The most reliable video editing programs cost an arm and a leg. Notice I said the most. When it comes to free options, DaVinci Resolve takes the cake. Tap or click here to see how it makes editing easier.

    If you have a Mac or an iPhone, you’ll be happy to know that Apple iMovie is a surprisingly good video editor. Tap or click to see how to turn your clips and photos into a masterpiece with iMovie.

    3. Word processing software

    When it comes to productivity software, Microsoft Office is the gold standard. Of course, it’s expensive. I’ve been recommending LibreOffice for years. It is an open source software suite that works much like Microsoft Office applications.

    It also saves new files in Office formats, so you don’t have to worry about file conversions. Tap or click here for a step-by-step guide to downloading LibreOffice.

    Already using Google Docs? Tap or click for a simple trick that makes starting a new document easier.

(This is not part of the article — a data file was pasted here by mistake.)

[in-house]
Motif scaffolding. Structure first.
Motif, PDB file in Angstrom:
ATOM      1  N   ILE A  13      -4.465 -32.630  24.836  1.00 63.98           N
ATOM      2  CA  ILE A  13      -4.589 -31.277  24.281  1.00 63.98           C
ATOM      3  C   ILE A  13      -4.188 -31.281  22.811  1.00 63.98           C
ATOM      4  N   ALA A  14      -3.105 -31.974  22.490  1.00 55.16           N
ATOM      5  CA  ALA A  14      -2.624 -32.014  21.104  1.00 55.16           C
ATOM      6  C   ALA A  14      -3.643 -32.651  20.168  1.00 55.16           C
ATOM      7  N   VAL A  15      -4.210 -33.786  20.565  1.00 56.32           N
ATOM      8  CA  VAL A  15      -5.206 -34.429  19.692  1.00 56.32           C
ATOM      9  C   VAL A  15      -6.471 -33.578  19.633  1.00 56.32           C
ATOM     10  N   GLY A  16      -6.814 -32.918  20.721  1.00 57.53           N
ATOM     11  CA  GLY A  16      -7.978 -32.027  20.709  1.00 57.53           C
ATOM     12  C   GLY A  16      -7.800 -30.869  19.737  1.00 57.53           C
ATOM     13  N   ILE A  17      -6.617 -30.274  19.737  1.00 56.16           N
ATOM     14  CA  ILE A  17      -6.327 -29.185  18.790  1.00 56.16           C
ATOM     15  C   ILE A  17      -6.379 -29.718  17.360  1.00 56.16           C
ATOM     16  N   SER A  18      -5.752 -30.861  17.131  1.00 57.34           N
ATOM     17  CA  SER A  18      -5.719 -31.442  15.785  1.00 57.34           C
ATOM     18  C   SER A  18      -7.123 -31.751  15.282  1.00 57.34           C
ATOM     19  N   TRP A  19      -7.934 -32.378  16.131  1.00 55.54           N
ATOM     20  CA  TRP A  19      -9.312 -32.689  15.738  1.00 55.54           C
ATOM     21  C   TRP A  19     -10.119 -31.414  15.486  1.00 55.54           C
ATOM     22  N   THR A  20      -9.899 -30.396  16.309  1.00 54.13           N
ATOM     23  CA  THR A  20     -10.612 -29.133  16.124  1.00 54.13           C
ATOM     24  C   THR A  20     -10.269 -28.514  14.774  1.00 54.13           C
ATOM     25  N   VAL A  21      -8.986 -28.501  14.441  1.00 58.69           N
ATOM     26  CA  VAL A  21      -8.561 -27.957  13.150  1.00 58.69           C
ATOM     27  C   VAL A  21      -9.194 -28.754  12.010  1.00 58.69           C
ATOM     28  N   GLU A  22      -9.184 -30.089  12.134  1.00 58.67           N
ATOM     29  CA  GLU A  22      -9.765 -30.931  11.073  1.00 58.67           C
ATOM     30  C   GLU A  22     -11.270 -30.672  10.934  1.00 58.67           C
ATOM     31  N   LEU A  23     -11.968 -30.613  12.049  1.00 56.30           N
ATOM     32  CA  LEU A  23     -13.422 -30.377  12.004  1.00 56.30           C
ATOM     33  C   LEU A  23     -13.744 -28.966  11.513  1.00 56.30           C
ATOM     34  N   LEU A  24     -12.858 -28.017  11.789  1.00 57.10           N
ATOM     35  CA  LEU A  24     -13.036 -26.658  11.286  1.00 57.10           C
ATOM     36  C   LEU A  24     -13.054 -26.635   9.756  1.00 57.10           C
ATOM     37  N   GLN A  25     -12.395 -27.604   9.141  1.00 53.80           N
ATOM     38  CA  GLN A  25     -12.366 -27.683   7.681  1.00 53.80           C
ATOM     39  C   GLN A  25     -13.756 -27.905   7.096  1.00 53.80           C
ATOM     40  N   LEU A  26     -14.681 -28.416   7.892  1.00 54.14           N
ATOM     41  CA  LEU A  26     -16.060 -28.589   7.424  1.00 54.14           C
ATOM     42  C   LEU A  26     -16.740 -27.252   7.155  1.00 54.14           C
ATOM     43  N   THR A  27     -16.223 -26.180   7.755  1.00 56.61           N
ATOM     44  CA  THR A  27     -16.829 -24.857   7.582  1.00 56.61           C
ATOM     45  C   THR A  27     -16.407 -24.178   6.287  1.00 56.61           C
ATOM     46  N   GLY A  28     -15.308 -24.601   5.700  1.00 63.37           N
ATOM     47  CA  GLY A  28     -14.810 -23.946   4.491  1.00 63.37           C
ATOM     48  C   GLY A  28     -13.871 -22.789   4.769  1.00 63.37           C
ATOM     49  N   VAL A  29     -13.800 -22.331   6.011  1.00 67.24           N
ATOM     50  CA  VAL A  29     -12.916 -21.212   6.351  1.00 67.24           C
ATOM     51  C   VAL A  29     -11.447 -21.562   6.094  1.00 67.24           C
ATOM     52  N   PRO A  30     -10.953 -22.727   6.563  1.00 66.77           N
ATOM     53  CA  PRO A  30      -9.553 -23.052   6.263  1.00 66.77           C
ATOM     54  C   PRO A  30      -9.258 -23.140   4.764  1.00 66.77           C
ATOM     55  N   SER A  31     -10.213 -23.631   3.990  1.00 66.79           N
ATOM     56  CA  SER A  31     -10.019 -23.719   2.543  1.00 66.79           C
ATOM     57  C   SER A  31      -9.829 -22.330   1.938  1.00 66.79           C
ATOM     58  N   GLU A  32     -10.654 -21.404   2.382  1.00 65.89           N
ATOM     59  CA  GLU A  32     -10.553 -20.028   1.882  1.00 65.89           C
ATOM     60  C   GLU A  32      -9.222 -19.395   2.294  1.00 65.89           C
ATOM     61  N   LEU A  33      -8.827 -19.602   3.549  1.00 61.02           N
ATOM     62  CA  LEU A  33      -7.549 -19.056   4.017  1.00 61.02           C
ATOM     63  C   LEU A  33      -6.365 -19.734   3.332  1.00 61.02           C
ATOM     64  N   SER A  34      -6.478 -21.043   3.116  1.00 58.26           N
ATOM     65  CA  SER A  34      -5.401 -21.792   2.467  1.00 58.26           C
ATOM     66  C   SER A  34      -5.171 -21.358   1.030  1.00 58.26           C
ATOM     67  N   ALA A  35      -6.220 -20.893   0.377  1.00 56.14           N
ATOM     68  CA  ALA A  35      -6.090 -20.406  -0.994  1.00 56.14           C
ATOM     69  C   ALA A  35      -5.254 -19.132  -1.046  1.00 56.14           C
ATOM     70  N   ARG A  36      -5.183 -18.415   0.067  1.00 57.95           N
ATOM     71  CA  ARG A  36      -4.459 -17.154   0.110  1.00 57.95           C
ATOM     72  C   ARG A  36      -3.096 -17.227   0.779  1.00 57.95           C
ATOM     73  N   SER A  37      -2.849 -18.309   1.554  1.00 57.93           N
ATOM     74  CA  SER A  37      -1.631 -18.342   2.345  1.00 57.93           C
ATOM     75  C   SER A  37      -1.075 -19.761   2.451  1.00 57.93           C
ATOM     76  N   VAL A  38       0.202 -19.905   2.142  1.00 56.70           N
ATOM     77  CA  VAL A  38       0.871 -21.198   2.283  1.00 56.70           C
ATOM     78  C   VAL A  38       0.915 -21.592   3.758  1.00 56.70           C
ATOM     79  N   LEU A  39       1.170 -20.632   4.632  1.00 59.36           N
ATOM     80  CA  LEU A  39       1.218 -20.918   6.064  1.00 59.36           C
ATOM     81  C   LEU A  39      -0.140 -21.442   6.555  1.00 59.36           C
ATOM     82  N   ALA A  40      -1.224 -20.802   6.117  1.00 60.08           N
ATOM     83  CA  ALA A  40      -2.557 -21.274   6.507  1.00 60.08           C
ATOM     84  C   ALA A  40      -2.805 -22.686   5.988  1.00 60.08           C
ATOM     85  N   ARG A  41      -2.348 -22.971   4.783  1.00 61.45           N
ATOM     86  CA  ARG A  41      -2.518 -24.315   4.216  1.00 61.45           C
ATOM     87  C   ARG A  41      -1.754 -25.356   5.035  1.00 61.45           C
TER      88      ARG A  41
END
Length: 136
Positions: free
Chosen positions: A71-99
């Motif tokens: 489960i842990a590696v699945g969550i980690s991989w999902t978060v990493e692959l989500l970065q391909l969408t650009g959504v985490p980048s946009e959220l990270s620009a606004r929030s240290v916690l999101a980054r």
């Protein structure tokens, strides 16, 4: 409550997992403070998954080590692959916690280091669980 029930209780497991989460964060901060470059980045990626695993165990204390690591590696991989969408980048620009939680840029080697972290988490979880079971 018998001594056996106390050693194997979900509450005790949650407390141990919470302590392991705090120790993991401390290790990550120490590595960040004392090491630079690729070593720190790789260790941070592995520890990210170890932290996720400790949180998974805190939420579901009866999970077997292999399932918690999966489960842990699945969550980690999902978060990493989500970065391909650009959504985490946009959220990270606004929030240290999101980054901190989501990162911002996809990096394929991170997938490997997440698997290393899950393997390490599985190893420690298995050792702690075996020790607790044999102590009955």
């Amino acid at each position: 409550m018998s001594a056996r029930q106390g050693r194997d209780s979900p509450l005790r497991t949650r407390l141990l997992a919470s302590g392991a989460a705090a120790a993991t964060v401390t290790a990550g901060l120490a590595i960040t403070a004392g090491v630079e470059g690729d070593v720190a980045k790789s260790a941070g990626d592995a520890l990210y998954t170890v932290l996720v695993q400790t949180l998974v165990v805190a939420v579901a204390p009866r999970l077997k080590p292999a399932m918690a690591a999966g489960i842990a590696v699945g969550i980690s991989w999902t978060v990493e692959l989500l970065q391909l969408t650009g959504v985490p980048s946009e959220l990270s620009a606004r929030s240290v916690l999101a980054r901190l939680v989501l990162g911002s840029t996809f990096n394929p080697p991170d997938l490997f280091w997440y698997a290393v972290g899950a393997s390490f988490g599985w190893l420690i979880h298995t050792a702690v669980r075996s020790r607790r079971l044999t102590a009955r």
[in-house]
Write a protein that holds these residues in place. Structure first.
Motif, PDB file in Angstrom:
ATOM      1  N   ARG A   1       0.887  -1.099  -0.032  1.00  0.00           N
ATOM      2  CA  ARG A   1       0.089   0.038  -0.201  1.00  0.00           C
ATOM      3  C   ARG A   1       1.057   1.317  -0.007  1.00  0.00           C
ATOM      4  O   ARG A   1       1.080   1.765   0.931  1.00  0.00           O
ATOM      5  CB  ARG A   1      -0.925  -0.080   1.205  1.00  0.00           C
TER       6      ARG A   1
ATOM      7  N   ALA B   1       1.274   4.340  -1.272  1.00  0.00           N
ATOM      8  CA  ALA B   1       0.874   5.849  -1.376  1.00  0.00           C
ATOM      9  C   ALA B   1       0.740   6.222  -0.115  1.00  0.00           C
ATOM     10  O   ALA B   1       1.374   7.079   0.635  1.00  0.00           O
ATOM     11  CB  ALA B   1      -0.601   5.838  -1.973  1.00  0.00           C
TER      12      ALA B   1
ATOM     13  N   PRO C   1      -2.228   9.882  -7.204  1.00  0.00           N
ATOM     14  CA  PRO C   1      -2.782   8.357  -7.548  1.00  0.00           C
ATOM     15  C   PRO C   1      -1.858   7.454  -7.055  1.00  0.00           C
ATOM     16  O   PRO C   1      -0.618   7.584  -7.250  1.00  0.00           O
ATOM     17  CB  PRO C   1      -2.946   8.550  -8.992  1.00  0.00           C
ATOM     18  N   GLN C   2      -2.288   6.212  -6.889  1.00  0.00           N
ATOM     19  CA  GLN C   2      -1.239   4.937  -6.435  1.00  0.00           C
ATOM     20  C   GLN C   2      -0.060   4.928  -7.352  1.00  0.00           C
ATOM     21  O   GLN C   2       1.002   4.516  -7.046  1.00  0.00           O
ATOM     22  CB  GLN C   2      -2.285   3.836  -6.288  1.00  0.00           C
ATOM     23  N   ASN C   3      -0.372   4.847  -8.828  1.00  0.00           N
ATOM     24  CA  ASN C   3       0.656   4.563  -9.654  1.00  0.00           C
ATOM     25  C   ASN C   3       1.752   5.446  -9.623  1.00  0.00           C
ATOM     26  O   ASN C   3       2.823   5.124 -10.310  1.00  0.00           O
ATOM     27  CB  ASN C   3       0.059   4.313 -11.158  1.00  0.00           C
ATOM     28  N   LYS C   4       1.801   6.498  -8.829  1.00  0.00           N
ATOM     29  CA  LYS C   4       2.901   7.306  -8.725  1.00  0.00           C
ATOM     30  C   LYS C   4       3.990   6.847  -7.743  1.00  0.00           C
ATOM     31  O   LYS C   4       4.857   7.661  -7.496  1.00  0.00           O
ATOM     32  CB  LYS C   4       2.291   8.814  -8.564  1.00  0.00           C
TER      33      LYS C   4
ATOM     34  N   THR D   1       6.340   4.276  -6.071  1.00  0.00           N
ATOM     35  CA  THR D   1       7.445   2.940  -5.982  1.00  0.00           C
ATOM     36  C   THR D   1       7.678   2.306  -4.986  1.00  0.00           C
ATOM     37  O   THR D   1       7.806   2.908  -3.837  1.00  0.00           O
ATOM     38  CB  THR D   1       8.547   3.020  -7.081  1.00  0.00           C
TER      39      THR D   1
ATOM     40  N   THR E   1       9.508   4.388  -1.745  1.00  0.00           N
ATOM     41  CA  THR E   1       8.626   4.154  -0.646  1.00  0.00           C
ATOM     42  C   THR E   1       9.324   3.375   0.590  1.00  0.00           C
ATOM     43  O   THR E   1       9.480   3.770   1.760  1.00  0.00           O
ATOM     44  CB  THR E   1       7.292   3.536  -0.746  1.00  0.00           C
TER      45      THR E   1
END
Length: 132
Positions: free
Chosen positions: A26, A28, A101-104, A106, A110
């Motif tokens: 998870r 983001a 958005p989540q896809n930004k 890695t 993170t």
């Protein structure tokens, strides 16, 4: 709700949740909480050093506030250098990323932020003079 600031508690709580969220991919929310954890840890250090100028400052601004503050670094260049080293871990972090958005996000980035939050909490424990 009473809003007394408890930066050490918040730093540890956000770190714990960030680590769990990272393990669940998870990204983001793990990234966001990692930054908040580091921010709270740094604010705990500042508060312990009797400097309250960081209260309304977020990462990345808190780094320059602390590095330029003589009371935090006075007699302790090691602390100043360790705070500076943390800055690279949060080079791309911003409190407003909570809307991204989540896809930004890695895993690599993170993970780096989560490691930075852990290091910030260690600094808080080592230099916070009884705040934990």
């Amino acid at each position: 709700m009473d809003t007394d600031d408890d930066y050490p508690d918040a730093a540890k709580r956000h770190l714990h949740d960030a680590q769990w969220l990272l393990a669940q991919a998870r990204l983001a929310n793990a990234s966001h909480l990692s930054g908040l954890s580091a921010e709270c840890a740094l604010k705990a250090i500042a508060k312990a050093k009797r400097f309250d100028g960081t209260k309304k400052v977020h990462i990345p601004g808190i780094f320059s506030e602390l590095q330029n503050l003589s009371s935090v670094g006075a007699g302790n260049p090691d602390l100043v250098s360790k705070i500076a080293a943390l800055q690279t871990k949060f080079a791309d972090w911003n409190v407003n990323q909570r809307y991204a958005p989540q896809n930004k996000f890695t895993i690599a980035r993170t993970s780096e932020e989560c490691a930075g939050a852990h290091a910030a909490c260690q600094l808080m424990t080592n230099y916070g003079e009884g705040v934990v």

4. Freeze your credit

    Blocking your credit is free. If you’re ever asked to pay, you’re on the wrong site, clicked on a dodgy ad, or talked to a scammer.

    The trick is knowing where to freeze your credit. It’s not just one place. Tap or click for the steps you need to follow. This page is worth bookmarking for the next time you receive an alert that your personal information has been exposed in a data breach.

    5. Engraver email addresses

    Do you want a promo code but not the spam emails that come with it? Use an engraver’s email address.

    You can use a free disposable email service like 10-Minute Mail. It’s easy to create a temporary email address to keep you safe, so you don’t have to divulge your personal and work email addresses.